Carla doesn't know what this summer is going to be like. Usually she and her twin brother, Oliver, head to camp, but this year isn't like other years. Their father has just moved out and their parents aren't giving any explanation why. Now he lives in New York, has grown a beard, and might even have a girlfriend. Does that mean their mom is going to start dating? To keep themselves busy, Carla and Oliver and their older brother Ralph open a restaurant: he cooks and she's the maitre d'. It's a big success, but then they're distracted by Ralph's girlfriend's news - she's pregnant. Carla feels herself growing apart from her twin, and she's not sure that she likes it. Life, love, relationships - it's not what you expect.
(Some spoilers, but I don't think it will really impact reading the book.)
I've really read very little Norma Klein, and I'm trying to fix that. It's hard because her books aren't always very available. I had to request this book through interlibrary loan; my library no longer has any Norma Klein books in its collection. (You might be able to find some at second-hand bookstores or websites or book sales.)
Anyway, this was a strange little book. Two fourteen-year-olds run a hit restaurant with no adult involvement? It's amazing how believably this plot is set up. I was more amazed, though, by the frankness with which pregnancy and abortion are dealt with. Sara Lee, Ralph's girlfriend, decides to have an abortion, and it's dealt with with very little fuss or controversy; while the book doesn't go into the long-term affect that such a decision might have on her (it happens near the end), it does show her after the abortion in a very functional light, moving on with her life. I can't think of any recent middle grade book (and that's really what this is) that deals with abortion in such light; it even has the word 'abortion' on the back cover. There's also a very interesting look at different 'types' of mothers (and different 'types' of women) as Carla sees them, and at fourteen, she's just starting to wonder about her own role as a future woman. I've requested some more Norma Klein titles through interlibrary loans, and I can't wait to dive into them.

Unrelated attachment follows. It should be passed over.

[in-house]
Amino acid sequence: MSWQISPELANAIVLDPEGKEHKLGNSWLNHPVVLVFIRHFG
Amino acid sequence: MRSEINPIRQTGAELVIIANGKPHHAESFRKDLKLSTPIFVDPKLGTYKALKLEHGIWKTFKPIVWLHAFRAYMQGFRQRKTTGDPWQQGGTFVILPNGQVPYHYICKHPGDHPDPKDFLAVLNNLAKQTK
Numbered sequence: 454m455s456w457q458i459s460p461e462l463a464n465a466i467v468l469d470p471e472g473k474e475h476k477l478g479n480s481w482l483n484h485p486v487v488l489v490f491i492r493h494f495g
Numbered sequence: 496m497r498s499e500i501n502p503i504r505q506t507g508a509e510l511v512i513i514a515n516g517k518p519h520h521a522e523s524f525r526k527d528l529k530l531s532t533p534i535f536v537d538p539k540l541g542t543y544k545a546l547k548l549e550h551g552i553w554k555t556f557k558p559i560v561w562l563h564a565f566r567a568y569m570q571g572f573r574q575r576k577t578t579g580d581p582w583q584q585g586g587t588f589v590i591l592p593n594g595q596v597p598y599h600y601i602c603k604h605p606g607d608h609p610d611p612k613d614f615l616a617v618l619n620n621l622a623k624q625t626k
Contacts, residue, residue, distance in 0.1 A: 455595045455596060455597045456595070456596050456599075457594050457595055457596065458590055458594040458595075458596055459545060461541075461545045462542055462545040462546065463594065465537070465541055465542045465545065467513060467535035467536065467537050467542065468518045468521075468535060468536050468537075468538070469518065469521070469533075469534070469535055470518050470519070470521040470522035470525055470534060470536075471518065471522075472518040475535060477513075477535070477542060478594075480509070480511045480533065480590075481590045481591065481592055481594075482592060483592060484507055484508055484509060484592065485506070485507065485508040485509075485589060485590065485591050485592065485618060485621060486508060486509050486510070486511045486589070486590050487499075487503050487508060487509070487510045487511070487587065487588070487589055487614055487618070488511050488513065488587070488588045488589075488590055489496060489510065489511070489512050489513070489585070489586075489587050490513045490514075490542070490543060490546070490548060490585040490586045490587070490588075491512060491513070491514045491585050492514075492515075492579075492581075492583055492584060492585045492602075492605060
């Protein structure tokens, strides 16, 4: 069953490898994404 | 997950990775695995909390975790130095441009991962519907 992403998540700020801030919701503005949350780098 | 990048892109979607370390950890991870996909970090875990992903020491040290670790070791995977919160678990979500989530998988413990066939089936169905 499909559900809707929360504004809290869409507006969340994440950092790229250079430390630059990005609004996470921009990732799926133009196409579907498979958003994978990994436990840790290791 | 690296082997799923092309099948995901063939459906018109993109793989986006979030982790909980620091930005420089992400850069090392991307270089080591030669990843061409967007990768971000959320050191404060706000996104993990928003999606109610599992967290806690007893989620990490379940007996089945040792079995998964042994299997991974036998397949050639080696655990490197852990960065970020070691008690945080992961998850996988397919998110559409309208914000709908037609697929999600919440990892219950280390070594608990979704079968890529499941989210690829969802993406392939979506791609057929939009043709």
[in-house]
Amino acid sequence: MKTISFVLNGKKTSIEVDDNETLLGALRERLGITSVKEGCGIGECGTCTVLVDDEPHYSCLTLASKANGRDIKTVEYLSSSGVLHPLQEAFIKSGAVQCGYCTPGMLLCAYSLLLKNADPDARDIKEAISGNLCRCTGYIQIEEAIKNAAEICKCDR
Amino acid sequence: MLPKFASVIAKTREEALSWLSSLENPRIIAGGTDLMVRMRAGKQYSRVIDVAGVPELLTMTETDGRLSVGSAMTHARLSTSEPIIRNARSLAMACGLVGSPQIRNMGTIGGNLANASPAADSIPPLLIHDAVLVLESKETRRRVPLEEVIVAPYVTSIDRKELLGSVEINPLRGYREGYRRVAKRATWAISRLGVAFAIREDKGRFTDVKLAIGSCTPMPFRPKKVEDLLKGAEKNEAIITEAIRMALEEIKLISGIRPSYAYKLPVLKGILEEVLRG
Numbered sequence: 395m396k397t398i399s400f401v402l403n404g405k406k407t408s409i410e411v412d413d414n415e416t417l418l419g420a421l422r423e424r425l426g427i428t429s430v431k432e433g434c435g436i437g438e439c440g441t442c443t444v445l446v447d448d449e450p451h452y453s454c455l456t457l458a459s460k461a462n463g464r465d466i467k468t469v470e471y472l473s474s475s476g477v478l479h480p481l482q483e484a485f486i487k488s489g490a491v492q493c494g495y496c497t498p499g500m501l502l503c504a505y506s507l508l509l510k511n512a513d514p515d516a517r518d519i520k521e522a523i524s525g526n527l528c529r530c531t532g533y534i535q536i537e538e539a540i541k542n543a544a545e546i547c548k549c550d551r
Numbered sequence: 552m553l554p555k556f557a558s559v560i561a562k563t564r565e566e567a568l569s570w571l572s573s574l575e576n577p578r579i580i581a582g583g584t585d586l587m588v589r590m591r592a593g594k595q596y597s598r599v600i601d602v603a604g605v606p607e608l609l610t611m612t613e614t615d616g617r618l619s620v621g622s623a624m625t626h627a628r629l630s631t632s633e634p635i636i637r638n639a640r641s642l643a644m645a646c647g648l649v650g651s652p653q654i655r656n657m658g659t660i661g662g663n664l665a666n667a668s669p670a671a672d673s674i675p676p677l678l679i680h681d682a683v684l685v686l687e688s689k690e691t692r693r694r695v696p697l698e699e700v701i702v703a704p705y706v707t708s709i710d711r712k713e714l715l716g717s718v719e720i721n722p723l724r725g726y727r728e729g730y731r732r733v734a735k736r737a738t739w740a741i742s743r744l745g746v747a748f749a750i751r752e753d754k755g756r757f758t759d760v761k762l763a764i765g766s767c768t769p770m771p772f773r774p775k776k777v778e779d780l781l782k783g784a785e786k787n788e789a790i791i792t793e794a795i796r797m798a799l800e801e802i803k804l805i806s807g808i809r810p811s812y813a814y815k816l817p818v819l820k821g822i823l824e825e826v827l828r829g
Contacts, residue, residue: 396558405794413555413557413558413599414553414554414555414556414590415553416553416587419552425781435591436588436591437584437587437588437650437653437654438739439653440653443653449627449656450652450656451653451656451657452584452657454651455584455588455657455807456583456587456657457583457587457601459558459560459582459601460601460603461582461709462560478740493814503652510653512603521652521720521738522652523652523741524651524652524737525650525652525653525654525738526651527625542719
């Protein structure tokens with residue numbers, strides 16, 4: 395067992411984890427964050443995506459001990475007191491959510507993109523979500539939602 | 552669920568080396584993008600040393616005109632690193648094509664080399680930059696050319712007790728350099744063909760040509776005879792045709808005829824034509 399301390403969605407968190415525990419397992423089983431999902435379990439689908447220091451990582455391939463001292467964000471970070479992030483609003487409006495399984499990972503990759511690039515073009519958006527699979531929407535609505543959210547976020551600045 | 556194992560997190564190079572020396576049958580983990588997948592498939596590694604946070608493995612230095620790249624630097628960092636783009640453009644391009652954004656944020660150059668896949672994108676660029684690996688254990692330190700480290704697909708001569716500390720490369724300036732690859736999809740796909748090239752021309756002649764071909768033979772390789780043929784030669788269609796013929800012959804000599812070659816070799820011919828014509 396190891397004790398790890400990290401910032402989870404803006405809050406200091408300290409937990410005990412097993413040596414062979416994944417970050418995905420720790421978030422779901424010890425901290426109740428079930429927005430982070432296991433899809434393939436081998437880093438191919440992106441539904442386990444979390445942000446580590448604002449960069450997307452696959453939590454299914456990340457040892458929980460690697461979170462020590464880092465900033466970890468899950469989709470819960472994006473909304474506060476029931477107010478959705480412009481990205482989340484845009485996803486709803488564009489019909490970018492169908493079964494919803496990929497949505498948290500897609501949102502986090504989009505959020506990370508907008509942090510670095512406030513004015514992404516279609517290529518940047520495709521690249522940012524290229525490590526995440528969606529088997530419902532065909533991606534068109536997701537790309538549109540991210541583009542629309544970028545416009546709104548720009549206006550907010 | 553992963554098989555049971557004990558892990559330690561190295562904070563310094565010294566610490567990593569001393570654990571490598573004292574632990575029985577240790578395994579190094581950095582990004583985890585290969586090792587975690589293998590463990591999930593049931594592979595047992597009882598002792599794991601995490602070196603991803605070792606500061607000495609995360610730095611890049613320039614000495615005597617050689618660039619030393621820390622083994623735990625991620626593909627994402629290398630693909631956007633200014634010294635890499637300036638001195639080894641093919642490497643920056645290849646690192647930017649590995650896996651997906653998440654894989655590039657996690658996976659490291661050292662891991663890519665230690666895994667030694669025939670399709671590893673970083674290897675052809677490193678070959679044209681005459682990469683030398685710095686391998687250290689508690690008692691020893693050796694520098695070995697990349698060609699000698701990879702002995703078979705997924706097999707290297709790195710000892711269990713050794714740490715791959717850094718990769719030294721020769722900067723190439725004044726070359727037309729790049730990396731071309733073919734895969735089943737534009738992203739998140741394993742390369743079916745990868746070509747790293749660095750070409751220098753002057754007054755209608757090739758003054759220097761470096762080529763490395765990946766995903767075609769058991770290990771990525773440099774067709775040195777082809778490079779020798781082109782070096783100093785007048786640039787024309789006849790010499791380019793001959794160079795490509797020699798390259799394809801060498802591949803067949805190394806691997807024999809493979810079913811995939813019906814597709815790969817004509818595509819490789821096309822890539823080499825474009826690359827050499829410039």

Find it at Fantastic Fiction.
Read it with:
Forever by Judy Blume
Taking Sides by Norma Klein
Learning Curves: Body Image and Female Sexuality in Young Adult Literature by Beth Younger